The current hours are comparable to the old museum. It's funny hearing people complain about hours, considering how many people that post on this board would flip their lids if the museum hired more staff to increase hours of operation. And for the record, one of the reasons that the museum is open weekdays is for school programs.

I haven't been to the new Civic Museum yet, but I went to the old one several times, and always enjoyed it. It also amazes me how "controversial" the notion of preserving and celebrating our local heritage and history is on this forum.

Perhaps museum management does not wish to (or has been requested not to) compete with church goers on Sunday mornings for parking, attendance, etc.

Anyhoo, to get back off topic: Doug, don't get me wrong. I have heard the broadcast. Sometimes Rush has the right idea, which the lefties miss because it's delivered in the angriest way possible. I get that. The guy's running a show, has ratings to think of, and is legitimately angry on a lot of issues.

I absolutely love the story about AshleyMadison.com wanting to buy up all of his ads left unsold by sponsors who dropped him due to Sandra Fluke contraversy. Brilliant marketing! Free market at work.

I've heard Jan's show too.

As a libertarian I agree with Rush and Jan about the same amount of the time: not often. Generally they are about equally objectionable, each mindlessly wedded to a different ideology. One speaks out on every issue, no matter how contraversial; the other would never dare to ask a question that might be deemed offensive. I couldn't decide who's worse, either on issues or delivery.

Critical thinking must take energy: I find it exhausting to listen to either of them. When I find either too annoying, instead of trying to shut them up, I generally exercise my right to turn the dial.

I will, however, defend both their rights to continue broadcasting.

C'mon Scott. It's Guelph. The museum is only open four hours in an effort to conserve energy. It's the Guelph contingency, remember?

And, you better hope Maggie Laidlaw didn't spy you leaving your car idle while you ran up to the door to check the hours!

I checked the sign and was back in the car in two minutes and 45 seconds, so I'm all good. :-)

The civic museum doesn't have to compete, doesn't have to be interesting, doesn't have to be relevant. It's existence is guaranteed. That's the problem.

"Compete?" How? "Be interesting?" Who says it isn't interesting? "Relevant?" It's an institution dedicated to preserving our local history, culture and heritage. How is that not relevant to the City of Guelph and its citizens?

Compete? not at all
Be Interesting? It fails to exploit our Civic History and heritage.
It should exploit the creative past. Guelph was involved in developing SouthWest Ontario as a key player in the Industrial Revolution of this region. That was because of many far sighted businessmen like George Sleeman, Carter, the Hammonds, and so on.
The CIVIC Museum fails to remind people of what it once had that no longer exists. It also fails to deal with what it has today - thanks to the College on the Hill, the Hasenfratz family, to just name a couple of current visionaires.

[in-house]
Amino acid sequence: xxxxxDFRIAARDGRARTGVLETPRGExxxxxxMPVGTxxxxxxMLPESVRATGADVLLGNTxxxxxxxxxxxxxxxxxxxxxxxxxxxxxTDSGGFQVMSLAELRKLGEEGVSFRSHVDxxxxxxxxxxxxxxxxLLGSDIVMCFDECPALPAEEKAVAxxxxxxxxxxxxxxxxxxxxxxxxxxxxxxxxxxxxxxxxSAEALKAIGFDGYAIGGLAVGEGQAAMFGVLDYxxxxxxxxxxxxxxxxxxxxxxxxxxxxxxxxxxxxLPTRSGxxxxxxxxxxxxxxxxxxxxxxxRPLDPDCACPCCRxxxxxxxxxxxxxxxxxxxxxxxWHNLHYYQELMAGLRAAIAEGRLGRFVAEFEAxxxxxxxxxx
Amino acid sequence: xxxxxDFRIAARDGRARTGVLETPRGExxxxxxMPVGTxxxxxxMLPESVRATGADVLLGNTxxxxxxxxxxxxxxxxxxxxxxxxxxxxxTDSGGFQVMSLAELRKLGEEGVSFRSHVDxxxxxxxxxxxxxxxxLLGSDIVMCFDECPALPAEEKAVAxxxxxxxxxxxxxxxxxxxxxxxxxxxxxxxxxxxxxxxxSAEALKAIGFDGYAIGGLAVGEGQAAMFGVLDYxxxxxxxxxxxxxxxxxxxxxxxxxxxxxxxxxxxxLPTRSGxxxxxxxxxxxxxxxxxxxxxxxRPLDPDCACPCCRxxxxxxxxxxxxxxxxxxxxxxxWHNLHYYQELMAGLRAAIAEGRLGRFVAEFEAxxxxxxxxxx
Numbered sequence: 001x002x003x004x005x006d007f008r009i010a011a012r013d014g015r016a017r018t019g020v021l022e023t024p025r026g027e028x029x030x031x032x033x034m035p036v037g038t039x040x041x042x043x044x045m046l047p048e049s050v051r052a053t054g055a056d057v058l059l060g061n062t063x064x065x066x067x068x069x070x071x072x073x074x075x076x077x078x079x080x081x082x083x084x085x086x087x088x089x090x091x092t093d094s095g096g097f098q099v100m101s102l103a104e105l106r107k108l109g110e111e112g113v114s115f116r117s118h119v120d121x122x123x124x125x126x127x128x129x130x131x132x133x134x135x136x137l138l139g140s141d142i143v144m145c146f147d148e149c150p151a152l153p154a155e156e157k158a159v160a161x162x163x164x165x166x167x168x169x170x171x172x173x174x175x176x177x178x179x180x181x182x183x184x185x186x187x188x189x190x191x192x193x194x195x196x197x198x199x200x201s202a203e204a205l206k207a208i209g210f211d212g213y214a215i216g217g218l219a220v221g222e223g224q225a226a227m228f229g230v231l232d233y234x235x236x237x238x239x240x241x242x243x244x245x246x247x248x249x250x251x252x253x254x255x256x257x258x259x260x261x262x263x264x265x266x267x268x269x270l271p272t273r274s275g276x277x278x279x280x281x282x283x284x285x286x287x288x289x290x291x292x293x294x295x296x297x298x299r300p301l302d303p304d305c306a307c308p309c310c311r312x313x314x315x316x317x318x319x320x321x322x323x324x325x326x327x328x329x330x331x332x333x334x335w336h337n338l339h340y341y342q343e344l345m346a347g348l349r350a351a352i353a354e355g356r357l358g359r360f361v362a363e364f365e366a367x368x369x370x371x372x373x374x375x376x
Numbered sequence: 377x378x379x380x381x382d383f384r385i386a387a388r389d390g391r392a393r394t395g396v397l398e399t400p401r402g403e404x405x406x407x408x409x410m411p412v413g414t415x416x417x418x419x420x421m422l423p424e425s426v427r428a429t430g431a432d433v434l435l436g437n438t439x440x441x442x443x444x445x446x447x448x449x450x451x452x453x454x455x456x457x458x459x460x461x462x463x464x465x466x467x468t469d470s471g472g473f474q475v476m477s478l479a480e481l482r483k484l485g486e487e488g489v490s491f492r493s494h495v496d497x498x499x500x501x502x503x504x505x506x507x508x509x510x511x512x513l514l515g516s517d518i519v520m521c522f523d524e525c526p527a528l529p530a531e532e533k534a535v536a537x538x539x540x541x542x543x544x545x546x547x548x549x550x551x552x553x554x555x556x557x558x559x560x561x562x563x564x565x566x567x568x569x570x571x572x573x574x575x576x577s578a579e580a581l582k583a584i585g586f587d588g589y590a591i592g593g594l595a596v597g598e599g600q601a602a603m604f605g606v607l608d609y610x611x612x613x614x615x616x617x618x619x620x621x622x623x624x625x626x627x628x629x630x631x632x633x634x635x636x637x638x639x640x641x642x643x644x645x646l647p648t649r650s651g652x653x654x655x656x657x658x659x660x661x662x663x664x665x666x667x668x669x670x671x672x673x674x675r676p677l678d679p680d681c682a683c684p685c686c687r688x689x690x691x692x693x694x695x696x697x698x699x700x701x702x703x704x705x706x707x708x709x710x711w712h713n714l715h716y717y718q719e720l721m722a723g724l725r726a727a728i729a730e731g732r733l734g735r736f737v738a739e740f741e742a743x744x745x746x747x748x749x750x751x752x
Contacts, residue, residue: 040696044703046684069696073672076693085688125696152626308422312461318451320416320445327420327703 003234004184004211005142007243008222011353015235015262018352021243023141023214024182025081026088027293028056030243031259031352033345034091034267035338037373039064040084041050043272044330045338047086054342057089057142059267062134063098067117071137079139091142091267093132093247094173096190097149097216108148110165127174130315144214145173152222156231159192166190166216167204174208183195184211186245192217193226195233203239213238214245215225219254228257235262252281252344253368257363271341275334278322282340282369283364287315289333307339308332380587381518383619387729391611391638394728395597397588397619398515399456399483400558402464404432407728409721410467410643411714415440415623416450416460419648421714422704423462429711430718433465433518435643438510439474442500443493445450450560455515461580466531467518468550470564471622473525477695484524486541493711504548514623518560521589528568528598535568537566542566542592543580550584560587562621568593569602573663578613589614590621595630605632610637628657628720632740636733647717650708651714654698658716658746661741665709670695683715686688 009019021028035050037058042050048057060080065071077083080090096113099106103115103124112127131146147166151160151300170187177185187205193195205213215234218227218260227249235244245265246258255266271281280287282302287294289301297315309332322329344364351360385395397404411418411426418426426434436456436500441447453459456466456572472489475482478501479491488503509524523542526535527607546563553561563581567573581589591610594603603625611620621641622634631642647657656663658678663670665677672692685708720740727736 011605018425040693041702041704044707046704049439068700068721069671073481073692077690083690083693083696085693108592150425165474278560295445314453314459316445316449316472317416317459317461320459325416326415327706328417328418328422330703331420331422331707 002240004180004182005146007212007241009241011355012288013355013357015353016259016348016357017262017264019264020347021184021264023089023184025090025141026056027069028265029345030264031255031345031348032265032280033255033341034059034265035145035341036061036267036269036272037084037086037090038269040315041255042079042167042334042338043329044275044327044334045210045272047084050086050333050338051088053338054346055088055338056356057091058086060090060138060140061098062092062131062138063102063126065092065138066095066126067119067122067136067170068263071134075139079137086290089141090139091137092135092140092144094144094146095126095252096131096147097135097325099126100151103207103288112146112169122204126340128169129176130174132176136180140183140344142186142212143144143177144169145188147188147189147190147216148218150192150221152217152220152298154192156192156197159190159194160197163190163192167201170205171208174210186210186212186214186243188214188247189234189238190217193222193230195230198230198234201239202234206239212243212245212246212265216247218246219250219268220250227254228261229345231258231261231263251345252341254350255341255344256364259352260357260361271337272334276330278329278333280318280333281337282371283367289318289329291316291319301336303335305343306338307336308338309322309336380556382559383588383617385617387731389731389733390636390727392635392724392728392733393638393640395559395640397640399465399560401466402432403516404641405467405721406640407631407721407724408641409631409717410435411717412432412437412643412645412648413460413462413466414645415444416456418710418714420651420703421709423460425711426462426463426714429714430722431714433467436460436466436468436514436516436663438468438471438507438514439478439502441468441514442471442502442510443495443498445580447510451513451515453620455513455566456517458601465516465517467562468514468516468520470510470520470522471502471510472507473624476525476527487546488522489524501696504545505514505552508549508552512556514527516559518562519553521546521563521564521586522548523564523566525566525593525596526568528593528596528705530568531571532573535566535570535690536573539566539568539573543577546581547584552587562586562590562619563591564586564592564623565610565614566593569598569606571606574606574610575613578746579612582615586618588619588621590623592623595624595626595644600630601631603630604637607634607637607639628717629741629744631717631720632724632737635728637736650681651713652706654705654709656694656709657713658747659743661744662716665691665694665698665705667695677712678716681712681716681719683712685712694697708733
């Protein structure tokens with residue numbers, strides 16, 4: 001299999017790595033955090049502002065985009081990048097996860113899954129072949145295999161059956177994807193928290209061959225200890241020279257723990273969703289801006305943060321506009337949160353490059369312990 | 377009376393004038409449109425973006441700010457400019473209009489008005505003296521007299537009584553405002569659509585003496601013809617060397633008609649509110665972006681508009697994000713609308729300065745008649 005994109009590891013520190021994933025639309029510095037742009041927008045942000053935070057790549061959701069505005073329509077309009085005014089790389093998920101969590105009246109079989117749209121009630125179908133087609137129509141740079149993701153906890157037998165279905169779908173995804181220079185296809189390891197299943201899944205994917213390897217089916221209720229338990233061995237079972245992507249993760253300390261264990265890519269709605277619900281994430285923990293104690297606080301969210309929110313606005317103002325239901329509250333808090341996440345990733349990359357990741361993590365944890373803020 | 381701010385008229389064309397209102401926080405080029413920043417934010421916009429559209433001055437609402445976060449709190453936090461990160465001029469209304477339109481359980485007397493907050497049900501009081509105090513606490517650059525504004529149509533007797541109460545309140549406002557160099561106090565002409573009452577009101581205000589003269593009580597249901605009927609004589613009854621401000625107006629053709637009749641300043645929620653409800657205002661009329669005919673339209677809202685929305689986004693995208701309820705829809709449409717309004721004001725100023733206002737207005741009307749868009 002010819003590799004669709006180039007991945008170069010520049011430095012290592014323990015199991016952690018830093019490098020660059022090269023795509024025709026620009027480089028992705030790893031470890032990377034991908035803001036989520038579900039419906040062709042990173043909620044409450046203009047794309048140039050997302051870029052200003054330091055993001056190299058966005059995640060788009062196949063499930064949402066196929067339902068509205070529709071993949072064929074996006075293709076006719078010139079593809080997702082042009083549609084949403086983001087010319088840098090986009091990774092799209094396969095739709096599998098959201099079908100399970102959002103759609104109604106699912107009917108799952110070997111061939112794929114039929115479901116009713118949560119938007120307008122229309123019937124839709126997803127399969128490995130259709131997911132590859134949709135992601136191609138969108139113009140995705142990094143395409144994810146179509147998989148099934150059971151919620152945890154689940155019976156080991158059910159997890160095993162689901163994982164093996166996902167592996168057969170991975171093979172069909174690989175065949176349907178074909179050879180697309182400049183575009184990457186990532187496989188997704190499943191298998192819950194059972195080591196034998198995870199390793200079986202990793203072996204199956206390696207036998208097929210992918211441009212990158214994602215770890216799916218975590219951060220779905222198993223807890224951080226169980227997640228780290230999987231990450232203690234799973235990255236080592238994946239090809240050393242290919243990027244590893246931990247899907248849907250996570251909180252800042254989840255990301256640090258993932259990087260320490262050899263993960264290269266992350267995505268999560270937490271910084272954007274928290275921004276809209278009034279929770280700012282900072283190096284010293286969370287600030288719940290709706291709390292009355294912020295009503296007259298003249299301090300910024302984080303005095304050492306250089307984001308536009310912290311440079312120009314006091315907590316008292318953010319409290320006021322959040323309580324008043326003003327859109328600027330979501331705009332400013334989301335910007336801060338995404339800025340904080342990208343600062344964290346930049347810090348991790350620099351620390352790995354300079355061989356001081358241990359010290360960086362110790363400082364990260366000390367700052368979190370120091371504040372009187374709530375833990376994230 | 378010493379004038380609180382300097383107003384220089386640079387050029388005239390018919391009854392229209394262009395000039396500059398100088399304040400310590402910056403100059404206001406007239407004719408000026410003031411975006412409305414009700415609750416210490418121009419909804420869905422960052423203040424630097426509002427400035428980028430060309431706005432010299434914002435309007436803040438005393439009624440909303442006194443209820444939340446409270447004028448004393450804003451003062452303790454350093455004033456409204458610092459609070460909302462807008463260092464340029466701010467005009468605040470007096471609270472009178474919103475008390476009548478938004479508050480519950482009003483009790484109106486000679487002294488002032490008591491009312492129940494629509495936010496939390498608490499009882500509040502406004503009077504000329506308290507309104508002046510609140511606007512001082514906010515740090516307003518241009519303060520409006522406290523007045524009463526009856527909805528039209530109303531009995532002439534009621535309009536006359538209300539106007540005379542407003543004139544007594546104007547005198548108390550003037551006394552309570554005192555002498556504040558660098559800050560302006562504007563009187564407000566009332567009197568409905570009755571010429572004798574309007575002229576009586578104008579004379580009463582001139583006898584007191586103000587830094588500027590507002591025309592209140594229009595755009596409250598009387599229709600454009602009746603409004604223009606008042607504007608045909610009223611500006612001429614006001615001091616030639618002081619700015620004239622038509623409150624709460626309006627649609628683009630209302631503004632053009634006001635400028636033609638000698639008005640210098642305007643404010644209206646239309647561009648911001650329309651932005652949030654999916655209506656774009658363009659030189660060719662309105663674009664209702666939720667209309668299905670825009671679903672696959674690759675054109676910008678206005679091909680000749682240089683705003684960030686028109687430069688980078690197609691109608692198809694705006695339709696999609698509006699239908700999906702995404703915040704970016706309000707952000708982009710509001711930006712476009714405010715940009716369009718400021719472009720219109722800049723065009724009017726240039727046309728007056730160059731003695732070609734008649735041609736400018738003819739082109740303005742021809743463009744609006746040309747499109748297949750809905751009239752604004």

It does not do justice to Bell Piano and Organ Factory, Raymond Sewing Machines, the Original Sleeman Brewery, the Streetcar System, Gilson Manufacturing, Steele Wire Springs, The Toronto Electric Rail Commuter System, Guelph Junction Railway, The reborn Sleeman Brewery. IMICO, Hammond Manufaturing, Biltmore Hats, the Grain Mill on Cardigan, Stewarts Lumber. I could go on but I hope you can see where I am going on this. The presence of a childrens sandbox and a display on optical illusions are a testimony of how little the curator knows about the City's Industrial and Civic past. Guelph was responsible for the administrative model for Municipalities - a model that has been totally ignored thanks in no small part to the Mayor's annual City reorganizations, which have just ensured that the City has collided with the Financial Iceberg and is now manning the financial bailout boats. Rearranging the deckchairs annually does not cut it.
I know that the last time I mentioned the sand box and the optical illusions as not fitting in to a Civic Musem, there were a bunch of criticisms from the supporters of the present regime, but the issue is there and some people are capable of critical thinking.
I would suggest that the people responsible for running the museum should think seriously about hiring the Guelph Historian to advise on how to have the Guelph CIVIC Museum fulfill its role.
Guelph has an intersting past, present and future. That is the story the CIVIC Museum should be chronicling.


I'm not sure how the Civic Museum is not chronicling those stories. I haven't been to the new facility yet, but a lot of the stuff you listed off were components of the original displays there... or did you not go beyond the Children's portion of the museum?

Because at the end of that hall was a large reproduction of a street car with a bullet point history as well as pictures and graphics of the old system, from its inception by Sleeman to when a portion of the track was dug up under Carden St in the 70s.

Bell Pianos? The museum had a couple on the third floor. The city's industrial roots, the OAC, Guelph's distant past and war history? Chronicled in the permanent display on the second floor.

Was the old museum everything to everyone? Did it have the room for all the things you mentioned, plus the traveling collections it frequently hosts? No, but I think that's why they moved to a bigger facility.